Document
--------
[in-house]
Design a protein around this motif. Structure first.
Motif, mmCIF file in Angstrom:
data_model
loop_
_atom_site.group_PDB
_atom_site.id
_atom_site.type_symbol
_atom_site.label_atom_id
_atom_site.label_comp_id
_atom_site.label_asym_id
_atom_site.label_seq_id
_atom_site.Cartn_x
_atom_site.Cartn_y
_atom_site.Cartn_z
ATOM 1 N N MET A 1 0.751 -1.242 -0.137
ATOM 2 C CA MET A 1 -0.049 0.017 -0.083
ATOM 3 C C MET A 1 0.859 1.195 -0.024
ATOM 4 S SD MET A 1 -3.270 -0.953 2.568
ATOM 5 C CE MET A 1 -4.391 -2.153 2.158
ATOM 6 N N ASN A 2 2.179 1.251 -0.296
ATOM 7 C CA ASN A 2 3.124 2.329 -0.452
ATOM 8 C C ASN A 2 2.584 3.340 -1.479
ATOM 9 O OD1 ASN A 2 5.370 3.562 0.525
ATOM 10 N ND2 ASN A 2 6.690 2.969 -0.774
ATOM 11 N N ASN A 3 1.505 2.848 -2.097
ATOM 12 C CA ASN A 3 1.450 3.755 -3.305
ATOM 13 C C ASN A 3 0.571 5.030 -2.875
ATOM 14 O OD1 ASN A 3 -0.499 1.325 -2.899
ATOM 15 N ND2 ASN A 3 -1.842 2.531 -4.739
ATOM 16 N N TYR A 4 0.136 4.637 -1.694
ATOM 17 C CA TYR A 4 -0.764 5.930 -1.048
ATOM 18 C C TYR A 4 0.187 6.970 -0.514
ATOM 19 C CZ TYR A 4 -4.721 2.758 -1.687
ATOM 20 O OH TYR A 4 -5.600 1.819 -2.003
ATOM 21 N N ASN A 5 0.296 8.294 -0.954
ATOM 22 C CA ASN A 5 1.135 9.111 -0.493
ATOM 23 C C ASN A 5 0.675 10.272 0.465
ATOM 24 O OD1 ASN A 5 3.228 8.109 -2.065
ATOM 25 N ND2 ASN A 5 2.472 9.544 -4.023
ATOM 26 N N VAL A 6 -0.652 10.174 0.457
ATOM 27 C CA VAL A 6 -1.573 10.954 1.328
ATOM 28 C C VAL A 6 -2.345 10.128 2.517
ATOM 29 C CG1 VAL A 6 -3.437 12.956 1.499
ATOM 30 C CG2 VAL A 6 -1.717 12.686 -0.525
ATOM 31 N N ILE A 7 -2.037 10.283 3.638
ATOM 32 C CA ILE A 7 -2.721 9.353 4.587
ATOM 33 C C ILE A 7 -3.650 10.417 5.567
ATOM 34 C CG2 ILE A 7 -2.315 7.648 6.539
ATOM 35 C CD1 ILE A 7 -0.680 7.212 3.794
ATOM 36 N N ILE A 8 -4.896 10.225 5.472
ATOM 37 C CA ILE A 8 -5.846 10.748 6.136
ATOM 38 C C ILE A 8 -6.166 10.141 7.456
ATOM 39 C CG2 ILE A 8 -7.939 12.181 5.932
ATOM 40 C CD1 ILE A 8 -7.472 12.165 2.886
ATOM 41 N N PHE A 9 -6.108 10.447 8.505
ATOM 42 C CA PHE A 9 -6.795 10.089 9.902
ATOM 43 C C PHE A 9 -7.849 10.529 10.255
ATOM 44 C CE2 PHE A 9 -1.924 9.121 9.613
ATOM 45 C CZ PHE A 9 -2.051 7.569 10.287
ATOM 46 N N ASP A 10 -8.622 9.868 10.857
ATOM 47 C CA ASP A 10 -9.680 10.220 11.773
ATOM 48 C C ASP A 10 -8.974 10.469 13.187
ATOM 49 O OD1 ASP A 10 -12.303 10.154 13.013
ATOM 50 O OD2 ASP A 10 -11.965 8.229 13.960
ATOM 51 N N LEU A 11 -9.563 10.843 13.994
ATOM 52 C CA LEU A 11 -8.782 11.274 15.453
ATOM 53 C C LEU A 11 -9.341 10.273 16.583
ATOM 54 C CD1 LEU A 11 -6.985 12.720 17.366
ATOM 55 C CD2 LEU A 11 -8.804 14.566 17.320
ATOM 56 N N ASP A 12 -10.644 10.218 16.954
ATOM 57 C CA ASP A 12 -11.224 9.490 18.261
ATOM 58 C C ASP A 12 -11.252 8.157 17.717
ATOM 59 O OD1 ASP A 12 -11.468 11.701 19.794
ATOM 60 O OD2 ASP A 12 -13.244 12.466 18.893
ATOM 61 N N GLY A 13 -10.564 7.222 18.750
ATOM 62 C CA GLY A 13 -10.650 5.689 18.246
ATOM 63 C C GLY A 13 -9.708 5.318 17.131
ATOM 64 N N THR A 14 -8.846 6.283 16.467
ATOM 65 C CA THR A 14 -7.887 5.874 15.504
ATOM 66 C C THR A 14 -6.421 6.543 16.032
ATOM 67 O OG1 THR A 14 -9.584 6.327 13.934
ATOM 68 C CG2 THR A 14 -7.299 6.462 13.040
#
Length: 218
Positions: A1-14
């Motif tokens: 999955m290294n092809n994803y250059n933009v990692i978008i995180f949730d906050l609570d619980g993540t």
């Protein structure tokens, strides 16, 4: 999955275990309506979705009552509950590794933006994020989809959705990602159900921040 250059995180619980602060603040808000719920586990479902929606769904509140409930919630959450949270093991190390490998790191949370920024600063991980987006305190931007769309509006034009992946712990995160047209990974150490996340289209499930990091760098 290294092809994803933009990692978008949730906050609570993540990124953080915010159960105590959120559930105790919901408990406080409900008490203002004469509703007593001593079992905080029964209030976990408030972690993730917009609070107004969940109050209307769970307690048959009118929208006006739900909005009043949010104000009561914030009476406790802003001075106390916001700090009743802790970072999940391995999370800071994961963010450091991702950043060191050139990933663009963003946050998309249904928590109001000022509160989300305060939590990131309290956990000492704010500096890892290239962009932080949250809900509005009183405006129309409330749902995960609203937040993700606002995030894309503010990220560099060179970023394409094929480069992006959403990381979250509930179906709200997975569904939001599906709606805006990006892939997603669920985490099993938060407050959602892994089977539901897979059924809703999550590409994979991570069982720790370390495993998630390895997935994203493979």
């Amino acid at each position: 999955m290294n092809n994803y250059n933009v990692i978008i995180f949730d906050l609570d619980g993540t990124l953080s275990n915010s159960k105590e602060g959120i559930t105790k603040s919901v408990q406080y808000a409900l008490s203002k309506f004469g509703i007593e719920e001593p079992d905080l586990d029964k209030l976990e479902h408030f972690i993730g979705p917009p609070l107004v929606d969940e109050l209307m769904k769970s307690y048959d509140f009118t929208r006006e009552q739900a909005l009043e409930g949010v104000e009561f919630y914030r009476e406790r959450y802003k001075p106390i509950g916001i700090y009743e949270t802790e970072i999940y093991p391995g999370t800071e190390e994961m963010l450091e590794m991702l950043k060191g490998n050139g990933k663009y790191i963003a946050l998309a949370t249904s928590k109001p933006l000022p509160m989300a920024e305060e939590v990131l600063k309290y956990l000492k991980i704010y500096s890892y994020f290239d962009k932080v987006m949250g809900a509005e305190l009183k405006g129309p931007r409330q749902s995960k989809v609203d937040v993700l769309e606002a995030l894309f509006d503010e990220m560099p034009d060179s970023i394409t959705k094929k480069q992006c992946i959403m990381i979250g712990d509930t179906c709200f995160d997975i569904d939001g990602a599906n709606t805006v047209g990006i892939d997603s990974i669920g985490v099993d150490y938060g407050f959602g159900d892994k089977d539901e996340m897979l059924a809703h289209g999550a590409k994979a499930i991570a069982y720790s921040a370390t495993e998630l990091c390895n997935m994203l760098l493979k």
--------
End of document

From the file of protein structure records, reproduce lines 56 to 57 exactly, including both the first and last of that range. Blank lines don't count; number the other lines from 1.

ATOM 41 N N PHE A 9 -6.108 10.447 8.505
ATOM 42 C CA PHE A 9 -6.795 10.089 9.902